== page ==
In early November 1989, shortly before the Berlin Wall fell and while demonstrations were taking place around East Germany, a West German television station reported that Henry Maske, a 27-year-old light heavyweight boxer and a 1988 Olympic and '89 world champion, was considering turning pro. "It was a rumor," Maske says today. "I was summoned to my club and asked what the problem was."

The professional boxer had always been ridiculed in East Germany, depicted, Maske says, "as a stupid man without means who climbs into the ring for his manager and entourage, like some animal." But even as they went about denying the rumors, Maske and his coach, Manfred Wolke, got to thinking. And the more they considered a pro career, the more appealing it became. Within months, Maske had hired a manager and left the amateur ranks.

As information dribbled out about the privileges accorded East Germany's athletes, even neighbors turned on him. In 1986, Maske received a Trabant, the East German Beetle, without having to wait the customary 15 years. In '87 he and his wife, Manuela, moved into the apartment in Frankfurt on the Oder in which they live today with their infant daughter, Lina. And the government paid him a $22,000 bonus after his Olympic victory. "We had always been described in the press as nice guys who trained hard and did a lot for the nation," he says. "Now suddenly they were revealing the sums we made, without mentioning our sacrifices."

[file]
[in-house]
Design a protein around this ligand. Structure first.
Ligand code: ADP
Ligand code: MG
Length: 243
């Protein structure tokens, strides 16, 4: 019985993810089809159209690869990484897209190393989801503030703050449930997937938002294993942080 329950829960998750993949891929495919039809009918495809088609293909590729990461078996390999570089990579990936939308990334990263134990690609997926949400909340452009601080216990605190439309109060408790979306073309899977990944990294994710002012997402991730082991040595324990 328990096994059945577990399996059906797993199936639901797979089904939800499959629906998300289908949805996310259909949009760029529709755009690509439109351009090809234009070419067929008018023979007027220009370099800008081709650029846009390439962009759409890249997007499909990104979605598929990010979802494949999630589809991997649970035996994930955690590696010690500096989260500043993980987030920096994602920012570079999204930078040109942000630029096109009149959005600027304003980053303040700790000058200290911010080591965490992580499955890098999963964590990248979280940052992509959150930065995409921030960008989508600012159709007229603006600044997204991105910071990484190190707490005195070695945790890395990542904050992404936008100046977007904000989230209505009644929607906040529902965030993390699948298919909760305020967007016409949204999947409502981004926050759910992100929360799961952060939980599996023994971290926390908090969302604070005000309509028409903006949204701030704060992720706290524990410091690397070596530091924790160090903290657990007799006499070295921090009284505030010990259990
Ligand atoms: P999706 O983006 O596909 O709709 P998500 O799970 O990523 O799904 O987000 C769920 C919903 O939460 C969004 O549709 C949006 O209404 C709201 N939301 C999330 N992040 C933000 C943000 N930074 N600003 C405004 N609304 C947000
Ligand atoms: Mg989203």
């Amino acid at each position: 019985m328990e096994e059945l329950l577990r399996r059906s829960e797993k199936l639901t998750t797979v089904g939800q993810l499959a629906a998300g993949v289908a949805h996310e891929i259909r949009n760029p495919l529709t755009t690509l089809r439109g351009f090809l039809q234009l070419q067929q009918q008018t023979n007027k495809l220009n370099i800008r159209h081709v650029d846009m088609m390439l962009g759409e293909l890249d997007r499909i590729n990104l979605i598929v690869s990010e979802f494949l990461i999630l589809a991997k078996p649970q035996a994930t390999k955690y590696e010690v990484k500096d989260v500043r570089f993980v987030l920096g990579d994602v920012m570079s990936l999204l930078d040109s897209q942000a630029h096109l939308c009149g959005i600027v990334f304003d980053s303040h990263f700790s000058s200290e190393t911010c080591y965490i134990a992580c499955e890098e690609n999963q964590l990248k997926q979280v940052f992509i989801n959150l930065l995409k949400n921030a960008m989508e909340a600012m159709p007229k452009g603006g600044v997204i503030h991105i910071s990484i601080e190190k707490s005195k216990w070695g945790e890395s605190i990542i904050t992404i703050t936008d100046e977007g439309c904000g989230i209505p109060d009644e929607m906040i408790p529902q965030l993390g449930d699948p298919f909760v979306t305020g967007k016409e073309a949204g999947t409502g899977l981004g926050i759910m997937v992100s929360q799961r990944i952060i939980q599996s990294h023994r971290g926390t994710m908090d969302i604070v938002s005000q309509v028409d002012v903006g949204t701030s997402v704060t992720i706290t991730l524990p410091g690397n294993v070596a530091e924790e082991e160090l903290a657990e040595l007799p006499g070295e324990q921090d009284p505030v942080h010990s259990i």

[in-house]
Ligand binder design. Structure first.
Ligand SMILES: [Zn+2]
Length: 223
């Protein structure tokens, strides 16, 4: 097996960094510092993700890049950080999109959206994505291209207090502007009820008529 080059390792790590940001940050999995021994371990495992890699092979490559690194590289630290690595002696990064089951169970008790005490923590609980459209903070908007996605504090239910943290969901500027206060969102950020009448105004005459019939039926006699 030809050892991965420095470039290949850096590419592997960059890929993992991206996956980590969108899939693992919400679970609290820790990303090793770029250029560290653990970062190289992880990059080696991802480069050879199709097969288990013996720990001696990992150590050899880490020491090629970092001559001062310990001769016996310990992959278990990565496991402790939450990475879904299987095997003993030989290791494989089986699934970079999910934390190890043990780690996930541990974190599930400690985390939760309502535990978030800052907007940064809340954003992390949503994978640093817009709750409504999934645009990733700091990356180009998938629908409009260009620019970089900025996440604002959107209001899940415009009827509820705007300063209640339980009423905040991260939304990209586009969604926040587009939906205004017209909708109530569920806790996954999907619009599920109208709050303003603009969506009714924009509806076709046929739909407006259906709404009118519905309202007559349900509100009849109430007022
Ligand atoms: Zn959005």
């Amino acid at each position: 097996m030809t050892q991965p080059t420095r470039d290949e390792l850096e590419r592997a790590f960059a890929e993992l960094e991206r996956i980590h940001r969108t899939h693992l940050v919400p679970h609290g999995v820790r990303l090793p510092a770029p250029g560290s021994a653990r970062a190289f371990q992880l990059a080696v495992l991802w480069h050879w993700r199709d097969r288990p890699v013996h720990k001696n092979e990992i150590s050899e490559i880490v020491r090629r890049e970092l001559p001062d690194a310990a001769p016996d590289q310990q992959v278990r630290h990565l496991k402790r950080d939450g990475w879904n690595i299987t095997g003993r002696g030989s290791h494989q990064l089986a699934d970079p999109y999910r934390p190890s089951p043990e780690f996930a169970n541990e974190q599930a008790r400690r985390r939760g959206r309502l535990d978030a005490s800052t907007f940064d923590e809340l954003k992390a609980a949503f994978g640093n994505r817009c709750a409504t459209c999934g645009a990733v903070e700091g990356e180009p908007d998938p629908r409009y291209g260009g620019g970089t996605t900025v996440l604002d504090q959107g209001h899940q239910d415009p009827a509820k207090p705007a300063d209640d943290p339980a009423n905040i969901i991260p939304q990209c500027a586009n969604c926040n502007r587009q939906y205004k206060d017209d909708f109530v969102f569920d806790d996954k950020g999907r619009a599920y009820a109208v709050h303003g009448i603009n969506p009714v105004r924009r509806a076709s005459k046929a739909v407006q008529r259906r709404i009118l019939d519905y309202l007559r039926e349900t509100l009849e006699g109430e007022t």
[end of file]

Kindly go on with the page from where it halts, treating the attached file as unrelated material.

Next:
Even though he has won all 11 of his fights as a pro and beat Yawe Davis, who was No. 3 in the WBC ratings, last May, Maske's career isn't one that would cause the Don Kings and Bob Arums of the world to look twice. His manager pays Wolke and covers all expenses. Maske gets $1,660 a month and keeps anything he makes in excess of $20,000 a year. "So far it's been a wash," he says.

"I was content before the change. I had grown up in that environment and knew that professional boxing was impossible. I'm not a dreamer. But I was lucky. The change came at the right time. I won the one title I was still missing, the world, in 1989, and had a superb ending to my amateur career. And I'm not as used up as many others are."

PHOTOHEINZ KLUETMEIERMASKE KNOWS THAT HE HAS HIS FUTURE, AND THAT OF HIS DAUGHTER, IN HIS HANDS

HOLE YARDS PAR R1 R2 R3 R4
OUT
HOLE YARDS PAR R1 R2 R3 R4
IN
Eagle (-2)
Birdie (-1)
Bogey (+1)
Double Bogey (+2)